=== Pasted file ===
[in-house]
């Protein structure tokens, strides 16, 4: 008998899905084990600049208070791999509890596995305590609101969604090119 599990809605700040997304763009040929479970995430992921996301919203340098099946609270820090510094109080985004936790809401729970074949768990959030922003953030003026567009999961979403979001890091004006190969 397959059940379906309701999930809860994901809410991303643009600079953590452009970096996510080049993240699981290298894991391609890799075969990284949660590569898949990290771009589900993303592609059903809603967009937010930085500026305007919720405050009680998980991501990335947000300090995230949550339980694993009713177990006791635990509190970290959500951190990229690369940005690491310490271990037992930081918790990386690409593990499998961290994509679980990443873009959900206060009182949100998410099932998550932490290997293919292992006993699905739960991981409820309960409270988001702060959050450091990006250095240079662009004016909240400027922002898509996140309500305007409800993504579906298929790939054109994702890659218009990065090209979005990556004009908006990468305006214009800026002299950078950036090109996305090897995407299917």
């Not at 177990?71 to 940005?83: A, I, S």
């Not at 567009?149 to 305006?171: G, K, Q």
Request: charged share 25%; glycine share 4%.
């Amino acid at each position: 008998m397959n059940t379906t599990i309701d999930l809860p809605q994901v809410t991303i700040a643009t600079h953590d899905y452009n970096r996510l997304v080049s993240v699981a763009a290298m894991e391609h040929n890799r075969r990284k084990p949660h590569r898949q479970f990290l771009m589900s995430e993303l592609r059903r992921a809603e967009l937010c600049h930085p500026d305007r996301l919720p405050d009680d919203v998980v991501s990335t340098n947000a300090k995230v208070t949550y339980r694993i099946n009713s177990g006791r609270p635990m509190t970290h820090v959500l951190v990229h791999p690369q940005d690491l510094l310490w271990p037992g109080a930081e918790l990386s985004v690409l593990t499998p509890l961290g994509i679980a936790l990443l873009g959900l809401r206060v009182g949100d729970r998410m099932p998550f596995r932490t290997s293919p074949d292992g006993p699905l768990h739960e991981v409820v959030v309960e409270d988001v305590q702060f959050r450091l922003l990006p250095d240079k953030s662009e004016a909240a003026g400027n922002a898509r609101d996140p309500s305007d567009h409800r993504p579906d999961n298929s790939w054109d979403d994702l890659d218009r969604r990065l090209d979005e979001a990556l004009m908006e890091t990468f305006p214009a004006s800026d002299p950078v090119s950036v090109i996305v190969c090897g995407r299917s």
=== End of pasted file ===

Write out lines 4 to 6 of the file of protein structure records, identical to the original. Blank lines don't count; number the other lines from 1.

């Not at 567009?149 to 305006?171: G, K, Q």
Request: charged share 25%; glycine share 4%.
């Amino acid at each position: 008998m397959n059940t379906t599990i309701d999930l809860p809605q994901v809410t991303i700040a643009t600079h953590d899905y452009n970096r996510l997304v080049s993240v699981a763009a290298m894991e391609h040929n890799r075969r990284k084990p949660h590569r898949q479970f990290l771009m589900s995430e993303l592609r059903r992921a809603e967009l937010c600049h930085p500026d305007r996301l919720p405050d009680d919203v998980v991501s990335t340098n947000a300090k995230v208070t949550y339980r694993i099946n009713s177990g006791r609270p635990m509190t970290h820090v959500l951190v990229h791999p690369q940005d690491l510094l310490w271990p037992g109080a930081e918790l990386s985004v690409l593990t499998p509890l961290g994509i679980a936790l990443l873009g959900l809401r206060v009182g949100d729970r998410m099932p998550f596995r932490t290997s293919p074949d292992g006993p699905l768990h739960e991981v409820v959030v309960e409270d988001v305590q702060f959050r450091l922003l990006p250095d240079k953030s662009e004016a909240a003026g400027n922002a898509r609101d996140p309500s305007d567009h409800r993504p579906d999961n298929s790939w054109d979403d994702l890659d218009r969604r990065l090209d979005e979001a990556l004009m908006e890091t990468f305006p214009a004006s800026d002299p950078v090119s950036v090109i996305v190969c090897g995407r299917s």